First came some field work dining out at his local competition.
“I looked at everyone else’s prices, and quite frankly, I think everybody else’s prices are too high,” he told 225 then. “A lot of the prices here are the same as on menus you see in Chicago, which is crazy and it doesn’t have to be. But I think it’s just because people get used to that.”
His goal with BRQ’s menu was to straddle the line between casual and upscale while still offering generous portions. “You can spend money here,” he says, “but you can also come here and get a $12 lunch and get out.”
For an executive chef accustomed to working in corporate restaurants, Ferguson is now the face of his own brand, joining a recent trend of chef-driven restaurants that have energized the dining experience in Baton Rouge.
Just a few years ago, going to dinner in the Capital City meant chains, fried seafood platters, Cajun staples in every shade of brown and, as one longtime industry fixture told us, the same old special of “a piece of fish topped with some stuff and finished with some stuff.”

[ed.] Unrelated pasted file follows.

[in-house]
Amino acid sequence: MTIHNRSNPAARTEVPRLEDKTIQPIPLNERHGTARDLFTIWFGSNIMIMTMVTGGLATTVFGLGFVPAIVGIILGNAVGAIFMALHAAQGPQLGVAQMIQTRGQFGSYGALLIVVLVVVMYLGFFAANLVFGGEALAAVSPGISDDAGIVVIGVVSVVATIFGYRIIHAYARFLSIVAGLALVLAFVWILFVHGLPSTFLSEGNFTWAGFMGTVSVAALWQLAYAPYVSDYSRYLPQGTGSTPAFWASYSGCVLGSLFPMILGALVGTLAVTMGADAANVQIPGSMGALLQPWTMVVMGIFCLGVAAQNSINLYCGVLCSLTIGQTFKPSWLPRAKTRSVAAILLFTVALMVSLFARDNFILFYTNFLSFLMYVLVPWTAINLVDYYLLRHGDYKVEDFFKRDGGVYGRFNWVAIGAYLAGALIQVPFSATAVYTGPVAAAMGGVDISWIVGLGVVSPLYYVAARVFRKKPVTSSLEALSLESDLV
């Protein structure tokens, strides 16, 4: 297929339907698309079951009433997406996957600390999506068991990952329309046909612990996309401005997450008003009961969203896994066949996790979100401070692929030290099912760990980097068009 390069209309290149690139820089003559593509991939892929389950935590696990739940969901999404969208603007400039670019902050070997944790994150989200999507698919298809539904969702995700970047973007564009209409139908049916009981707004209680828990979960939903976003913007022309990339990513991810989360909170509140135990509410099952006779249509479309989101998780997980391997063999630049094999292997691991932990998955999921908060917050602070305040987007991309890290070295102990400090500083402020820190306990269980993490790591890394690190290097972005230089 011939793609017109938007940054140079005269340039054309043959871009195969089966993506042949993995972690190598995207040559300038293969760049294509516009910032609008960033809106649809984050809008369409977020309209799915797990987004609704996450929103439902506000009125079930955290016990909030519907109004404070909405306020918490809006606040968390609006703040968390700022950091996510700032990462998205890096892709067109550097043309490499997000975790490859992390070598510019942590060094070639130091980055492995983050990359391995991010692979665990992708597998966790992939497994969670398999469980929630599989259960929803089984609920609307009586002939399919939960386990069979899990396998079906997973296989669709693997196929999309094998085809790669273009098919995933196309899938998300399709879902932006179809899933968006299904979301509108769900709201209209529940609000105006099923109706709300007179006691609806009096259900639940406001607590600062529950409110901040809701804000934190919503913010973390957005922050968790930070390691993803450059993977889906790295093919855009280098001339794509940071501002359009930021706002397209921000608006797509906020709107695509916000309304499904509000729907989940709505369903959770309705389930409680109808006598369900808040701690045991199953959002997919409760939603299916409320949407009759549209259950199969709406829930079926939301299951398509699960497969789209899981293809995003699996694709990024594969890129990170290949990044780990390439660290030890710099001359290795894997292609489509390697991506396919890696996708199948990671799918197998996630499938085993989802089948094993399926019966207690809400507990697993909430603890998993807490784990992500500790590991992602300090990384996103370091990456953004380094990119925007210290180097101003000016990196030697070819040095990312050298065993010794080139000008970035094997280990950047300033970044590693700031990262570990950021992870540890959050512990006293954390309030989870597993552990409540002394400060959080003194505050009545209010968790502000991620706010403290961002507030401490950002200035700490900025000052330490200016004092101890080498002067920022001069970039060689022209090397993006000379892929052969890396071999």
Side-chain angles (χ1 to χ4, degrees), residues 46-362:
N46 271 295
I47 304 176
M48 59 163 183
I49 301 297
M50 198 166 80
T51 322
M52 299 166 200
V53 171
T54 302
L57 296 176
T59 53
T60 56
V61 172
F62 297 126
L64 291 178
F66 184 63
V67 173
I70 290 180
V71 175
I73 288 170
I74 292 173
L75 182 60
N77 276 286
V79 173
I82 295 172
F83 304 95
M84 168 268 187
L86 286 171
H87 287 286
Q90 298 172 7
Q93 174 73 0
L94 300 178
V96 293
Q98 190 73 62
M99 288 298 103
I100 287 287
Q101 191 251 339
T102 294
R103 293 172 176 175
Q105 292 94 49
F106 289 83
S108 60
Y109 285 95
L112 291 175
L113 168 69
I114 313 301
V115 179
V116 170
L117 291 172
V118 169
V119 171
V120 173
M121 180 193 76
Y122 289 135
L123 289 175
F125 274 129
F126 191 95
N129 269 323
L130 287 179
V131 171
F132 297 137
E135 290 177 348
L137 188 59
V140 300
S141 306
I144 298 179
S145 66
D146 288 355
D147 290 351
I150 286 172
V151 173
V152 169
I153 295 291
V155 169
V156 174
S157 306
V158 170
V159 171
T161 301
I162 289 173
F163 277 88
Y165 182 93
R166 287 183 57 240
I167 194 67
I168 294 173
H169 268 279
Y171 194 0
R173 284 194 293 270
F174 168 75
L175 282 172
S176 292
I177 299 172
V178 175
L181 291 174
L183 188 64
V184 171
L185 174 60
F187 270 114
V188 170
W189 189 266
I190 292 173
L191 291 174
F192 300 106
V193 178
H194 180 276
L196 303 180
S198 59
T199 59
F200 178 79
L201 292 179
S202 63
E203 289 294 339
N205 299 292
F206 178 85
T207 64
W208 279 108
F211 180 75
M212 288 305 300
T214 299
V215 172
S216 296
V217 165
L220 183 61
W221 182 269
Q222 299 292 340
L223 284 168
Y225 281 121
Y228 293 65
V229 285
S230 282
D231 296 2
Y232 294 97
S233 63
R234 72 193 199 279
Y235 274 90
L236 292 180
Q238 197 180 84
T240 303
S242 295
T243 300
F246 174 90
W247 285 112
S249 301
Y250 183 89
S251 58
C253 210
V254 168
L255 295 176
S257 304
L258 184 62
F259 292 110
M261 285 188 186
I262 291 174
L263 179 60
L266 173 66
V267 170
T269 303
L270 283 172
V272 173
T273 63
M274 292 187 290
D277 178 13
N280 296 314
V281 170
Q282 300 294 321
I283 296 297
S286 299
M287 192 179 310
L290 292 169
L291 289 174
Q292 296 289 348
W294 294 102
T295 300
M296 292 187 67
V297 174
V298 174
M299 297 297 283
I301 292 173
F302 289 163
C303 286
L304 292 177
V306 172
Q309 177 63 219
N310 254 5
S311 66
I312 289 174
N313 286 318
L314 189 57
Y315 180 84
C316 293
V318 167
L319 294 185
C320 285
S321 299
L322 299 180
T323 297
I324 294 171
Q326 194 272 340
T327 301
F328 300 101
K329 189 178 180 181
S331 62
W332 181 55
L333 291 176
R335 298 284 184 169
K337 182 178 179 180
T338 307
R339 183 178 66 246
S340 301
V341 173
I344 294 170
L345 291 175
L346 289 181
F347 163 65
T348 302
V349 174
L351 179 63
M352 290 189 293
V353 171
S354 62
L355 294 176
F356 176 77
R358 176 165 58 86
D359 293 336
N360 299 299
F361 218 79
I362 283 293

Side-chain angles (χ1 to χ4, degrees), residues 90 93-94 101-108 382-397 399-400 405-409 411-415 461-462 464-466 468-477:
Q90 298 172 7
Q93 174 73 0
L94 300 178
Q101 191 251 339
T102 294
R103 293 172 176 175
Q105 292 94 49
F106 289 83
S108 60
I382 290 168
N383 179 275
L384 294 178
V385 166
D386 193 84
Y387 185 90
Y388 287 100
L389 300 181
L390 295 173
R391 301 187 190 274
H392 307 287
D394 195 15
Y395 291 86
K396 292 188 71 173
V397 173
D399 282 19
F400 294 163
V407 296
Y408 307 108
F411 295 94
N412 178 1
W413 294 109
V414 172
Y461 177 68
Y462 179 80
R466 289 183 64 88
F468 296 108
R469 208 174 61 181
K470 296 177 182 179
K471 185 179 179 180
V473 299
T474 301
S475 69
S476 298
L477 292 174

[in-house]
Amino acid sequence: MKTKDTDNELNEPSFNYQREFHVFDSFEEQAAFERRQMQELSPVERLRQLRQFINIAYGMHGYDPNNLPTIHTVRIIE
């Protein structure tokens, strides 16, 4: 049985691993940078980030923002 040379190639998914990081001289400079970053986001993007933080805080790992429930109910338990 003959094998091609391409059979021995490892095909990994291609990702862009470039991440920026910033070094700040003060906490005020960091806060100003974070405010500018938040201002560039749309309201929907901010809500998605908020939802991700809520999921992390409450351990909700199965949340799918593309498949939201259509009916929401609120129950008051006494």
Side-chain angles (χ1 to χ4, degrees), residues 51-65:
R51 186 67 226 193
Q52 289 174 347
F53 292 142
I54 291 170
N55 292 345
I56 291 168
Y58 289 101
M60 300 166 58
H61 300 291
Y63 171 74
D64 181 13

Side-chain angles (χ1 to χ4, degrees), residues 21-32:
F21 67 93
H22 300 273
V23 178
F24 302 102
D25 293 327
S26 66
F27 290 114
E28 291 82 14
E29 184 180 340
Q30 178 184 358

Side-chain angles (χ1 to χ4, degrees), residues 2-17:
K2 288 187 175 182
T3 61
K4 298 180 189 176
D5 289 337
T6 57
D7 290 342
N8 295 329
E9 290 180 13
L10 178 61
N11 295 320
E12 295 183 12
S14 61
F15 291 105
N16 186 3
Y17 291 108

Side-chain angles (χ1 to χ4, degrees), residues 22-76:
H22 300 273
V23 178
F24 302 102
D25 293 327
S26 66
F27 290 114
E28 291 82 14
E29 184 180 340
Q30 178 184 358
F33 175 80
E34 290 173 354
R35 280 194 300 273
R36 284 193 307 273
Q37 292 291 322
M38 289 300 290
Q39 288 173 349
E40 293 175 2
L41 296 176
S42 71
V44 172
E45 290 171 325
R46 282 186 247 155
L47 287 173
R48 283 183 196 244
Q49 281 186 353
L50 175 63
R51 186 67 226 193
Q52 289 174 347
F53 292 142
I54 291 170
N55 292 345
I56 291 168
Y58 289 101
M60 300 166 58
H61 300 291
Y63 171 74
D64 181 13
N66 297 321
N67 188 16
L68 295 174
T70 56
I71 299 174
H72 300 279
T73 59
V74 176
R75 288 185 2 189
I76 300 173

Today, we’re embracing seasonal menus, small plates, shared plates, greens grown on a nearby farm and an attention to detail that’s being matched by a younger and increasingly picky Food Network-trained clientele that follows the chefs on Instagram and expects every restaurant to be on their #supportlocal game.
While we are usually slow to national trends—sushi took a while to catch on here, and the bottom hasn’t fallen out yet for the cupcake market like it has in bigger cities—we’ve started embracing that idea of locally focused, chef-led restaurants.
“We probably have more unbelievable chefs in the market now than we’ve had in a long time,” says Dori Murvin, Beausoleil’s floor manager and a longtime restaurant professional. “The ones that are chefs right now, they really did go out and actually work up to this.”
Former City Pork Chef Ryan André, Curbside’s Nick Hufft, Beausoleil’s Nathan Gresham and Kalurah Street Grill’s Kelley McCann, as well as food personality Jay Ducote, have been elevated to celebrity status here in part because they’ve played the face of Baton Rouge’s culinary scene on TV, in competitions and through flattering local and national media coverage.